Ask the leaders in your organization, "What infrastructures are limiting the empowerment of your volunteers?" Or if you want to ask the same question in a positive way ask, "What infrastructures are in place to capture all the time and skills our volunteers can offer?"

Reason Two: Involving Volunteers

The second reason that I am recommending Leading the Way is Stallings' passion for volunteer involvement. She claims that volunteers are not a program; they are part of the team of people working toward a mission. And central to Leading the Way is the dedication to the belief that key decision makers must pay attention to ten key factors to involve volunteers in their mission. The ten factors are the ten sections of the book. The ten sections are in a very specific, sequential order.

Also note how each section focuses on volunteer involvement.

Section I: Personal and Organizational Philosophy about Volunteering
Section II: Planning for Volunteer Engagement
Section III: Budgeting for and Funding Volunteer Involvement
Section IV: Hiring and Placing Staff to Lead volunteer Engagement
Section V: Creating a Management Team for Volunteer Involvement
Section VI: Building Staff Commitment and Competency to Partner with Volunteers
Section VII: Integrating Volunteers throughout the Organization
Section VIII: The Board's Role in Volunteer Engagement
Section IX: Ensuring Legal Compliance and Managing Risk When Involving Volunteers
Section X: Monitoring, Evaluating, and Improving Volunteer Involvement

Leading the Way focuses on the aspects of volunteer engagement in which executive leadership is crucial, including strategic planning, policy formation, staffing and evaluation.

Reason Three: This book is not a theoretical book-but a tool box packed full with practical tools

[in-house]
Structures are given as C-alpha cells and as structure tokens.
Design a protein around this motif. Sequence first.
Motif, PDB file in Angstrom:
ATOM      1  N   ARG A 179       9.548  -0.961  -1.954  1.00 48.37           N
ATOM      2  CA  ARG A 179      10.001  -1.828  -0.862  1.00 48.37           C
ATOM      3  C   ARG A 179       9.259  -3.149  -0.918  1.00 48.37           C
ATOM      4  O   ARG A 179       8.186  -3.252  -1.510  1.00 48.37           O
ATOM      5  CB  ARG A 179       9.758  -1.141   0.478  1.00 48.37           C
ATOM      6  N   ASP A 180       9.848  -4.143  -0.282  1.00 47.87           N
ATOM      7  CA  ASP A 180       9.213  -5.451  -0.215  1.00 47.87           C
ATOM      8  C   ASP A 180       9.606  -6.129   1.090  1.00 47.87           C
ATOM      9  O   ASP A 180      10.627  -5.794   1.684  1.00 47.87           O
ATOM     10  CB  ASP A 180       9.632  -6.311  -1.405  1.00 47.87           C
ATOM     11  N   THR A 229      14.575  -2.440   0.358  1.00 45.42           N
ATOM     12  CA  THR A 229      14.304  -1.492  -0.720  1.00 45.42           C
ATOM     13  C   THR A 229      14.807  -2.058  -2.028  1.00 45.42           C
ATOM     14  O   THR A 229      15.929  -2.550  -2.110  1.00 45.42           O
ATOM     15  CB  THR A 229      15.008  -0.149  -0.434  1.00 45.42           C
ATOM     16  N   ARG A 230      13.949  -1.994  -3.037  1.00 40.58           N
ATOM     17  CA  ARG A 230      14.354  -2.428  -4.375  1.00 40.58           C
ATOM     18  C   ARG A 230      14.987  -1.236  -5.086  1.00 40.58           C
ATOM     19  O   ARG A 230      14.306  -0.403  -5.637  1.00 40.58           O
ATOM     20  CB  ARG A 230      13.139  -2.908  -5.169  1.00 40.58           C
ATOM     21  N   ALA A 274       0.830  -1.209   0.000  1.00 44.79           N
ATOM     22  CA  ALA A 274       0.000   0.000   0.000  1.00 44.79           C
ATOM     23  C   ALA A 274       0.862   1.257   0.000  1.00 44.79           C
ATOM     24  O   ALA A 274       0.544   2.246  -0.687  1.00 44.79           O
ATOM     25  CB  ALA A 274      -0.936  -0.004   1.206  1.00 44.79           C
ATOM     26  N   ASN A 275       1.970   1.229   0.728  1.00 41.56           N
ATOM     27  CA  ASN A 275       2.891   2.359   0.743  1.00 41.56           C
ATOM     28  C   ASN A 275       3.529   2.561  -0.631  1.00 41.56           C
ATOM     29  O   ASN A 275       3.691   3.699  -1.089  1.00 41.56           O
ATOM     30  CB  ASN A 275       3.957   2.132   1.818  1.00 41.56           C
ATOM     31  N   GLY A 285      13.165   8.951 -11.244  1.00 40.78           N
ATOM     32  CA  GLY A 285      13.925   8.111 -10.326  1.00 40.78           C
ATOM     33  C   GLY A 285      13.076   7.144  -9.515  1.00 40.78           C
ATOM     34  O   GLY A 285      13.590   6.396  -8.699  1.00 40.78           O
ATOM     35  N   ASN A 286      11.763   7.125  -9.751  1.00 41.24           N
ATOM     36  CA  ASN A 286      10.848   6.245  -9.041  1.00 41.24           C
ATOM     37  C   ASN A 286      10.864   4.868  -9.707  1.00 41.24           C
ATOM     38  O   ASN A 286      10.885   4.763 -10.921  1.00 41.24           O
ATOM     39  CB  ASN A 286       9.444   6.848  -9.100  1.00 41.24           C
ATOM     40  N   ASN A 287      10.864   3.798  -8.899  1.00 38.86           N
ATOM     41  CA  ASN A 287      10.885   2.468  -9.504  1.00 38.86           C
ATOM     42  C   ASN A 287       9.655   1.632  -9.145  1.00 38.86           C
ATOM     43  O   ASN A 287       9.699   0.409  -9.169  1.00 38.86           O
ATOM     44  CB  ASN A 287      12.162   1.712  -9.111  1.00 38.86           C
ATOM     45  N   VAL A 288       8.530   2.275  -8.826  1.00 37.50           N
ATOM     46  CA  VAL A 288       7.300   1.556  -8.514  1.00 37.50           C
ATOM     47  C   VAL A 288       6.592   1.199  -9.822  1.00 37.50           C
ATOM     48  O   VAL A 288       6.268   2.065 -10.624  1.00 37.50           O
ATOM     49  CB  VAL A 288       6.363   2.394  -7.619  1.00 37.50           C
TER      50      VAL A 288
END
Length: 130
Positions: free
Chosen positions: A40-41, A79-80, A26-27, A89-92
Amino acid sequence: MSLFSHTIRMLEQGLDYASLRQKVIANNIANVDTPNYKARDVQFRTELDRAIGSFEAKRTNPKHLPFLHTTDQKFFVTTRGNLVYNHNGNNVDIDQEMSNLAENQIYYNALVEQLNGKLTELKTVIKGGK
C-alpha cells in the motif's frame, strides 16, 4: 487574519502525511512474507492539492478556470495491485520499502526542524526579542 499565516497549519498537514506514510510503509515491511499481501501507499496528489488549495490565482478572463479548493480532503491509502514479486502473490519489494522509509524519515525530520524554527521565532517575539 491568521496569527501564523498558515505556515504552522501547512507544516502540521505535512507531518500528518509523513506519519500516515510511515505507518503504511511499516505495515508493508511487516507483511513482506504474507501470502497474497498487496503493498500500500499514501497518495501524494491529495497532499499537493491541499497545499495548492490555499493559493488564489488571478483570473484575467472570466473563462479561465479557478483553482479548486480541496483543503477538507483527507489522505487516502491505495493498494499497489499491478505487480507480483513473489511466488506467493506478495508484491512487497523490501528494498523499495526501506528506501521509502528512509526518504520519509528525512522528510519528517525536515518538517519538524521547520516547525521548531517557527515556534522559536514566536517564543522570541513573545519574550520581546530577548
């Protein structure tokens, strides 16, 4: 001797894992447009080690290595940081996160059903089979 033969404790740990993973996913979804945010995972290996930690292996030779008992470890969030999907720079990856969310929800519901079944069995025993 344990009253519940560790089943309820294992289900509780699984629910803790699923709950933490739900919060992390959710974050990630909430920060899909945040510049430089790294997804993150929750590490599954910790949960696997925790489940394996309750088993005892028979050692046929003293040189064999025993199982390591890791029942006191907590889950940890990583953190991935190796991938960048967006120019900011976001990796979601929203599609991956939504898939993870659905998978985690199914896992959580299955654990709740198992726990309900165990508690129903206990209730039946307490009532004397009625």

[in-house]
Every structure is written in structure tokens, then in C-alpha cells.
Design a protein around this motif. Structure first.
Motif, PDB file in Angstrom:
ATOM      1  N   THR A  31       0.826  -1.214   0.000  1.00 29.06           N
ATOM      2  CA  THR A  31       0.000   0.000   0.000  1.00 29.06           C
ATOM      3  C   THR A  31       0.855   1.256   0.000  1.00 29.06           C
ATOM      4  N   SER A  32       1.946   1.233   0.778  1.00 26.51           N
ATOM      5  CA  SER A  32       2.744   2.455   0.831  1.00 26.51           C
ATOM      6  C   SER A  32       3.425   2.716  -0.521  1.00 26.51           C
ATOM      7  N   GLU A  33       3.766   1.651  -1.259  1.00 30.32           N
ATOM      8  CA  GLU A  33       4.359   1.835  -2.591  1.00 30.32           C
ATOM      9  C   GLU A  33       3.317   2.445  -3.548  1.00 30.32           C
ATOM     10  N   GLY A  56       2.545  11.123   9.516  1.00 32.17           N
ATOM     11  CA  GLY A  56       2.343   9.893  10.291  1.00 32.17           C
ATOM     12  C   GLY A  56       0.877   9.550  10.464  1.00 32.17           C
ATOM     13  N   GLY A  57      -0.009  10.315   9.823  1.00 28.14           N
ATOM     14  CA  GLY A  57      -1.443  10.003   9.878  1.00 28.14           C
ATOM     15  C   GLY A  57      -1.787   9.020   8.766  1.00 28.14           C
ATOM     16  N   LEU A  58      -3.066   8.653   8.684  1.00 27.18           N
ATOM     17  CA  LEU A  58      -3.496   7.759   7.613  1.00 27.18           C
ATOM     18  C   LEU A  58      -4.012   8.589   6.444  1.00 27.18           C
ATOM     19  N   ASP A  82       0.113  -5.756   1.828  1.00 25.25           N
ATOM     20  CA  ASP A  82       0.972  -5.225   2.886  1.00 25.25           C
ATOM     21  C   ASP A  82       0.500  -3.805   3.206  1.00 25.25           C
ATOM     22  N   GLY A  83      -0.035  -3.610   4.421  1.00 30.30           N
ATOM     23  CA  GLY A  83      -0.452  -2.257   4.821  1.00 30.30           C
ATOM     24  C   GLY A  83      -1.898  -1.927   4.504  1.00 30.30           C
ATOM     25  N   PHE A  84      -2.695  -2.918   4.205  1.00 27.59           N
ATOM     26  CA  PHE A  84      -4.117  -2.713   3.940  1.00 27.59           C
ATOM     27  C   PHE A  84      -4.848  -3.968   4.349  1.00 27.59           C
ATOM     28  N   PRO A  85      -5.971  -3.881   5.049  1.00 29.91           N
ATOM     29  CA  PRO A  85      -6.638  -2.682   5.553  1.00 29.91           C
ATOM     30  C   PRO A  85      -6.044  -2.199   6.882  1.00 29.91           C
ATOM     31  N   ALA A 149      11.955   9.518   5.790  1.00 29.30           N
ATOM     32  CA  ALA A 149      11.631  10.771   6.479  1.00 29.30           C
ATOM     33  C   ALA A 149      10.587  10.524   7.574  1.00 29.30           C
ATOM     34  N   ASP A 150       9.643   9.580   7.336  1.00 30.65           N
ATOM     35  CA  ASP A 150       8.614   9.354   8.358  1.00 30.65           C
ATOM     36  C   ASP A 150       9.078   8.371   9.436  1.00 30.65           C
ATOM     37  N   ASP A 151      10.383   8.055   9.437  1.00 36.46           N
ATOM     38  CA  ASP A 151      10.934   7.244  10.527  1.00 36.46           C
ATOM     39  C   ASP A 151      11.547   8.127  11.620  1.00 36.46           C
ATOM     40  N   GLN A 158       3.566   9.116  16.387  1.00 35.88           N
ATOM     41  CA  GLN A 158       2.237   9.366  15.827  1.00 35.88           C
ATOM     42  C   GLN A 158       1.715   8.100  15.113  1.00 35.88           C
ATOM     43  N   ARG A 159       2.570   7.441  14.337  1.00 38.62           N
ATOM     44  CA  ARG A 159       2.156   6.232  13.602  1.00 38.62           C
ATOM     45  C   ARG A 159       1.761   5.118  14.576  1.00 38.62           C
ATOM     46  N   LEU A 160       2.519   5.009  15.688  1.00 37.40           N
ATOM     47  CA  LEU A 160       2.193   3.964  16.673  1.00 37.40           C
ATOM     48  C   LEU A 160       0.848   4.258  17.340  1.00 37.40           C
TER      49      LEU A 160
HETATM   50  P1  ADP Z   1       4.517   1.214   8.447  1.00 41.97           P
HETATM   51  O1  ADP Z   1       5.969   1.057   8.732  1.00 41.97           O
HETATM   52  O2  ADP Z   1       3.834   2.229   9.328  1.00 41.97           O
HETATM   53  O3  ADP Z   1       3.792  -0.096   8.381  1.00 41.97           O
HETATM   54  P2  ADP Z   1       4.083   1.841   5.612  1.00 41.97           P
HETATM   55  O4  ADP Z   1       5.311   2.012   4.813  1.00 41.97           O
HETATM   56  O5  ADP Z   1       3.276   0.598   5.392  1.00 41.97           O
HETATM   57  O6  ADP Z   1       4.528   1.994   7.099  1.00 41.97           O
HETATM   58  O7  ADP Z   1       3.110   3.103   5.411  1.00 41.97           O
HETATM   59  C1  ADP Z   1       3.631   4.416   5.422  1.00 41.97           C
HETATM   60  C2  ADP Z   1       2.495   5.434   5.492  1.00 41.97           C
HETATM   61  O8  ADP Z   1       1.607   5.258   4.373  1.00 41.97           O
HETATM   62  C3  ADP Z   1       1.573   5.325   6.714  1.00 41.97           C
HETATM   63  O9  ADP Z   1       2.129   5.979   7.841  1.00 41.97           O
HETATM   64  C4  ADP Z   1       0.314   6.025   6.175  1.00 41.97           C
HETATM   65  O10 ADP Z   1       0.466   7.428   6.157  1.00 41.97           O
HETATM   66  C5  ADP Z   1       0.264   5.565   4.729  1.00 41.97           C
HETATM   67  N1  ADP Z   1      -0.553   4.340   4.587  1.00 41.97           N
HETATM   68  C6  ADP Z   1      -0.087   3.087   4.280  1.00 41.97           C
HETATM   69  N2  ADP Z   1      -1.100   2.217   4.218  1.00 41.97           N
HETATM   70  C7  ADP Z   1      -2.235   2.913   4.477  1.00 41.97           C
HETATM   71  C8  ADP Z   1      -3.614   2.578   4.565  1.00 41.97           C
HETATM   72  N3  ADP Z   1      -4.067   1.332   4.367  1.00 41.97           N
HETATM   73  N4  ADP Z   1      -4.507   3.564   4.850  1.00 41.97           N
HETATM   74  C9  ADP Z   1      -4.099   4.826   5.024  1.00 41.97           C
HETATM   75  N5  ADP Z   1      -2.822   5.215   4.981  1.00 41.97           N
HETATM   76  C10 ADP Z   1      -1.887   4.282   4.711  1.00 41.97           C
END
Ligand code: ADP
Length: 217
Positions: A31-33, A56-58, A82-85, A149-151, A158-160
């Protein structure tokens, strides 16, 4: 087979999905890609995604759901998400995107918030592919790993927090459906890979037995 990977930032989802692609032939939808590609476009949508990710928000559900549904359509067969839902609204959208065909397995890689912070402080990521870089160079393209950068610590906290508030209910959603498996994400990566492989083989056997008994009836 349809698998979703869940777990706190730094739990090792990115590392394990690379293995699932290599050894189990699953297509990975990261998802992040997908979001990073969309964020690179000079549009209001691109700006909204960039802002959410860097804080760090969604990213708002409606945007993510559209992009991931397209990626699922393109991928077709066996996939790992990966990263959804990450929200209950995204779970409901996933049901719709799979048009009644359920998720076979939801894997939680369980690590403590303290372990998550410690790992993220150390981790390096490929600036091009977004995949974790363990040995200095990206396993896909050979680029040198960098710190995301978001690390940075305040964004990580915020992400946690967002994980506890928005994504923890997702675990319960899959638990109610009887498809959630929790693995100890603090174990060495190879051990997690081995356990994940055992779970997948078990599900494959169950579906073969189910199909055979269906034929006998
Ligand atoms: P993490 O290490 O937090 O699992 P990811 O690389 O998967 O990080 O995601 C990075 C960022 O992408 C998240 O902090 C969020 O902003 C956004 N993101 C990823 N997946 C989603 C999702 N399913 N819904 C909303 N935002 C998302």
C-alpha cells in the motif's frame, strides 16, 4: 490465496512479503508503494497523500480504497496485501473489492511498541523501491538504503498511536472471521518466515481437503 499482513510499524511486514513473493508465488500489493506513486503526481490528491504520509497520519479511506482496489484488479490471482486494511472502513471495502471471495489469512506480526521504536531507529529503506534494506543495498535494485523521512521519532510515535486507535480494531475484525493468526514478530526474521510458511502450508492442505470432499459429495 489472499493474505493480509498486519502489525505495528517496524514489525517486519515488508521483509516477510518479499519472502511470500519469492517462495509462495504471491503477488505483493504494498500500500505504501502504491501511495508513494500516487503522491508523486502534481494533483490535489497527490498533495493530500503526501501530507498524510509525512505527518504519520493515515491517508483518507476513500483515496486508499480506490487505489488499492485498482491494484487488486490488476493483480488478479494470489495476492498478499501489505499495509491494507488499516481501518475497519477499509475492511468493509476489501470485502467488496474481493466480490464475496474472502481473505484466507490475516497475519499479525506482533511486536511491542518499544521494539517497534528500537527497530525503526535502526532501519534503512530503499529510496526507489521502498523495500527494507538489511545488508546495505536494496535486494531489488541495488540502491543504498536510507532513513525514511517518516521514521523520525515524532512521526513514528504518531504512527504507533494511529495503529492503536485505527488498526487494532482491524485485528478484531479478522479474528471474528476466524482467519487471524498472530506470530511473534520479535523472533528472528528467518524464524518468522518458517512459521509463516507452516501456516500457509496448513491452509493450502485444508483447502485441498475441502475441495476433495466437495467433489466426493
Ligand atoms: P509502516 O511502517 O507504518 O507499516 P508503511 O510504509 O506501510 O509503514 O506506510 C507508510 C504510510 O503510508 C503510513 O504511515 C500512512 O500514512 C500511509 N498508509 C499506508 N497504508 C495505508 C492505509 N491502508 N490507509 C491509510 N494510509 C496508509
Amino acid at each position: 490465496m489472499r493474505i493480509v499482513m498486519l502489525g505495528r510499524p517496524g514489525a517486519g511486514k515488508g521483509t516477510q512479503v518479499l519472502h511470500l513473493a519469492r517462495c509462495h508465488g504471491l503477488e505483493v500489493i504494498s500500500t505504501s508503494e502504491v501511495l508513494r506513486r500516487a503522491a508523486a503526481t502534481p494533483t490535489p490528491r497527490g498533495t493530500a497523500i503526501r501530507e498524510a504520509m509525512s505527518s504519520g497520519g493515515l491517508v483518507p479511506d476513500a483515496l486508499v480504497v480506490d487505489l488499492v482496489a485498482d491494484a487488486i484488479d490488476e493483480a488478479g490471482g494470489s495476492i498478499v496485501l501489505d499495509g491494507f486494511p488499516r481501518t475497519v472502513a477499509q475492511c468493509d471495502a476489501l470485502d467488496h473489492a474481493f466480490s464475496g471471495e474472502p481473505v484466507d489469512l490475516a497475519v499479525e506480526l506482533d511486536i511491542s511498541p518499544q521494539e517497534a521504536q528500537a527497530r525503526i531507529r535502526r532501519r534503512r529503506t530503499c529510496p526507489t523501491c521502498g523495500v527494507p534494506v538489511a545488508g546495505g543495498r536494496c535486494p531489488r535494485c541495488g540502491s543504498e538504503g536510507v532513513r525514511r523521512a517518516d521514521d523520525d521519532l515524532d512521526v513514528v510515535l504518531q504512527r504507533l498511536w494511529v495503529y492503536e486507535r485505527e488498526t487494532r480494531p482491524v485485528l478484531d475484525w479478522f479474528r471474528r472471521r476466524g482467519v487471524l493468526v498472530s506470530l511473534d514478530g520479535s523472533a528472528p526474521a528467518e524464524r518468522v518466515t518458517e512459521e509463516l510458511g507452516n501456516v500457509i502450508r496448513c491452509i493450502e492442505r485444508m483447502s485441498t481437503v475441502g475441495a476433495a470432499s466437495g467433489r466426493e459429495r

I have a woodworking shop at my home and often find myself planning, sawing, drilling, sanding and staining my latest project. For every project, I always buy a new tool because my father, who was a builder, taught me that precision tools not only make the project fun and rewarding, but they often are the difference between a prize-winning masterpiece and a frustrating project that just sits in the shop waiting to be completed. Just as the best tools are essential for the craftsman, effective tools are a must for the volunteer executive. Leading the Way is not a theoretical book. It is a tool box that contains over 80 worksheets, idea stimulators, key concepts, action steps, check lists, self-inquiry, surveys, collaborations strategies, executive self-assessments and real live examples. Let's face it, few executives take the time to strategically plan for volunteer involvement. They just keep cranking out events and programs. And their events and programs are needed and effective for the most part. But what many executives are missing is the untapped potential of talented resources that are lying dormant in the many volunteers who show up for their events. Perhaps the reason that they are missing this potential is because they don't have the right tools.